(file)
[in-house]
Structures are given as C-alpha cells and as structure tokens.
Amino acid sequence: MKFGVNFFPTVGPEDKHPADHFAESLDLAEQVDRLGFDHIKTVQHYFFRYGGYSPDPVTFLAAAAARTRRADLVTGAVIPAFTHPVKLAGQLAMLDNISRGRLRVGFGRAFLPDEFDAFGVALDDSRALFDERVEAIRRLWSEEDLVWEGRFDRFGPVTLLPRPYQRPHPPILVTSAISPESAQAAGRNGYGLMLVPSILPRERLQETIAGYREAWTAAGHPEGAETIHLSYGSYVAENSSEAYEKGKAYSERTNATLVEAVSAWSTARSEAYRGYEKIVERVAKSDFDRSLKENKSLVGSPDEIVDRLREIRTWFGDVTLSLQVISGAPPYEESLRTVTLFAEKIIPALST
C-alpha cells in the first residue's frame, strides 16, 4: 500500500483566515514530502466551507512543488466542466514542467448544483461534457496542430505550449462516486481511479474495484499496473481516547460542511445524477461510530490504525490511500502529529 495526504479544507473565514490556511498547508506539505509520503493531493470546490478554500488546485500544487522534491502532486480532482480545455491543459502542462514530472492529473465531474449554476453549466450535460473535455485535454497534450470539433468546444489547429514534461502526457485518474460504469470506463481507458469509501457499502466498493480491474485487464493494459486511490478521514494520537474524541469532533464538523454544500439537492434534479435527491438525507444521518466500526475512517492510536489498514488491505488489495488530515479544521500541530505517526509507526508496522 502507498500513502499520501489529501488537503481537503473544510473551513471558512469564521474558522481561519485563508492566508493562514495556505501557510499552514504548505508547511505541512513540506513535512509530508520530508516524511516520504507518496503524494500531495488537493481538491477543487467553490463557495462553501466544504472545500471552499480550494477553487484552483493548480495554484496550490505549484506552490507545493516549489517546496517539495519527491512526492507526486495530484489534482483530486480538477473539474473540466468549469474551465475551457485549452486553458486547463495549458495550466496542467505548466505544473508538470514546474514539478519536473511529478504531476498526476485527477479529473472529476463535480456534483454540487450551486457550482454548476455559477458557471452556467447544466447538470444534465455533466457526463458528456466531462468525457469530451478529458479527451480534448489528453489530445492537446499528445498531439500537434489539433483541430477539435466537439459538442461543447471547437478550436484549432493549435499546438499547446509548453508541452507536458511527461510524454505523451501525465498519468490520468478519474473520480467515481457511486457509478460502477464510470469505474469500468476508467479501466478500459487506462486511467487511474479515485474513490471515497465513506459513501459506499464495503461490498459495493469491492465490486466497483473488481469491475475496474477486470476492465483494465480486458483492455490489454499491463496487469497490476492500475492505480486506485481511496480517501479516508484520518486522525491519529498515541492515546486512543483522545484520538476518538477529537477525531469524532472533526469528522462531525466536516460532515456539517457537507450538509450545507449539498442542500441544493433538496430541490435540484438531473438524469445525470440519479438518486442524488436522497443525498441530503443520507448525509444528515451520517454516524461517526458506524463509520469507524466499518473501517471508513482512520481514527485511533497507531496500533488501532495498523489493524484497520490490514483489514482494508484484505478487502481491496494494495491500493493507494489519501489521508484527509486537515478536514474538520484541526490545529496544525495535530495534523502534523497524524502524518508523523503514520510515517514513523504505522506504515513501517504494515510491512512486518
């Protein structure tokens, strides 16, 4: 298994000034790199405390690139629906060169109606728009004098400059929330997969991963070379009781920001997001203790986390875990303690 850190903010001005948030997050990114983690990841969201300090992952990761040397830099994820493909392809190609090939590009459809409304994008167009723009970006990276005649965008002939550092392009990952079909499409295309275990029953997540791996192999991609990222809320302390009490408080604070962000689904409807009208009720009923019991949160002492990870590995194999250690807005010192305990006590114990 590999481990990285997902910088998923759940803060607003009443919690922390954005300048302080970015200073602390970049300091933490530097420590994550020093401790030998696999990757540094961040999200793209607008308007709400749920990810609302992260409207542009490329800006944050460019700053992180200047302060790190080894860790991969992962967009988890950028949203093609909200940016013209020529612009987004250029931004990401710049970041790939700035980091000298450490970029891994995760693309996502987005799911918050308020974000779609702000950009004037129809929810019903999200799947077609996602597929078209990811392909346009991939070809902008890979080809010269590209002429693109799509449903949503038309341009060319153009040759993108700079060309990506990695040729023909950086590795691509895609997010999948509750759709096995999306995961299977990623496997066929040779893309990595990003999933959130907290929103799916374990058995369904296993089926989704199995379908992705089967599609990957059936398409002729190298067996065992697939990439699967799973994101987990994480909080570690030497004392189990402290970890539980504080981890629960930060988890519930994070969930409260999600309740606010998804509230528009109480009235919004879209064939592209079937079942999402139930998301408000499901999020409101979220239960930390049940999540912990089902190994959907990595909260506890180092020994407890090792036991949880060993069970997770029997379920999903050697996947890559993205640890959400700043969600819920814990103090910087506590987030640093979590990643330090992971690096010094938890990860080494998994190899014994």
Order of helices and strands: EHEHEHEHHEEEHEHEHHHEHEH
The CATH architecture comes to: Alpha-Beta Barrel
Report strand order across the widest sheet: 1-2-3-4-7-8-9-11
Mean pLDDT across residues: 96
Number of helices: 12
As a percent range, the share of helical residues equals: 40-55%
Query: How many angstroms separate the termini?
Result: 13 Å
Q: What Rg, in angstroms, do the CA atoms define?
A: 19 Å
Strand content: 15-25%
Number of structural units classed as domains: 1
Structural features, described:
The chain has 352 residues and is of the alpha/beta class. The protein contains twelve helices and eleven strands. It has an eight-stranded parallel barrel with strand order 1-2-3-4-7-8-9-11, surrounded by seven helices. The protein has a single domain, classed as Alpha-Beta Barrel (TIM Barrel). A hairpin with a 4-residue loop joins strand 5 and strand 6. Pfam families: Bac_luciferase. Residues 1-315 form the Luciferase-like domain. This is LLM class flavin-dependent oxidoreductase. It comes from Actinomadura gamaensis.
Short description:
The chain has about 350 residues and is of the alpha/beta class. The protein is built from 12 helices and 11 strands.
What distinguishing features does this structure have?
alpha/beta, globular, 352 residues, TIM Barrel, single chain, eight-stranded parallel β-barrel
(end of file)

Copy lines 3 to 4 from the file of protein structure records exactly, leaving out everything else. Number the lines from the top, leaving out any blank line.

Amino acid sequence: MKFGVNFFPTVGPEDKHPADHFAESLDLAEQVDRLGFDHIKTVQHYFFRYGGYSPDPVTFLAAAAARTRRADLVTGAVIPAFTHPVKLAGQLAMLDNISRGRLRVGFGRAFLPDEFDAFGVALDDSRALFDERVEAIRRLWSEEDLVWEGRFDRFGPVTLLPRPYQRPHPPILVTSAISPESAQAAGRNGYGLMLVPSILPRERLQETIAGYREAWTAAGHPEGAETIHLSYGSYVAENSSEAYEKGKAYSERTNATLVEAVSAWSTARSEAYRGYEKIVERVAKSDFDRSLKENKSLVGSPDEIVDRLREIRTWFGDVTLSLQVISGAPPYEESLRTVTLFAEKIIPALST
C-alpha cells in the first residue's frame, strides 16, 4: 500500500483566515514530502466551507512543488466542466514542467448544483461534457496542430505550449462516486481511479474495484499496473481516547460542511445524477461510530490504525490511500502529529 495526504479544507473565514490556511498547508506539505509520503493531493470546490478554500488546485500544487522534491502532486480532482480545455491543459502542462514530472492529473465531474449554476453549466450535460473535455485535454497534450470539433468546444489547429514534461502526457485518474460504469470506463481507458469509501457499502466498493480491474485487464493494459486511490478521514494520537474524541469532533464538523454544500439537492434534479435527491438525507444521518466500526475512517492510536489498514488491505488489495488530515479544521500541530505517526509507526508496522 502507498500513502499520501489529501488537503481537503473544510473551513471558512469564521474558522481561519485563508492566508493562514495556505501557510499552514504548505508547511505541512513540506513535512509530508520530508516524511516520504507518496503524494500531495488537493481538491477543487467553490463557495462553501466544504472545500471552499480550494477553487484552483493548480495554484496550490505549484506552490507545493516549489517546496517539495519527491512526492507526486495530484489534482483530486480538477473539474473540466468549469474551465475551457485549452486553458486547463495549458495550466496542467505548466505544473508538470514546474514539478519536473511529478504531476498526476485527477479529473472529476463535480456534483454540487450551486457550482454548476455559477458557471452556467447544466447538470444534465455533466457526463458528456466531462468525457469530451478529458479527451480534448489528453489530445492537446499528445498531439500537434489539433483541430477539435466537439459538442461543447471547437478550436484549432493549435499546438499547446509548453508541452507536458511527461510524454505523451501525465498519468490520468478519474473520480467515481457511486457509478460502477464510470469505474469500468476508467479501466478500459487506462486511467487511474479515485474513490471515497465513506459513501459506499464495503461490498459495493469491492465490486466497483473488481469491475475496474477486470476492465483494465480486458483492455490489454499491463496487469497490476492500475492505480486506485481511496480517501479516508484520518486522525491519529498515541492515546486512543483522545484520538476518538477529537477525531469524532472533526469528522462531525466536516460532515456539517457537507450538509450545507449539498442542500441544493433538496430541490435540484438531473438524469445525470440519479438518486442524488436522497443525498441530503443520507448525509444528515451520517454516524461517526458506524463509520469507524466499518473501517471508513482512520481514527485511533497507531496500533488501532495498523489493524484497520490490514483489514482494508484484505478487502481491496494494495491500493493507494489519501489521508484527509486537515478536514474538520484541526490545529496544525495535530495534523502534523497524524502524518508523523503514520510515517514513523504505522506504515513501517504494515510491512512486518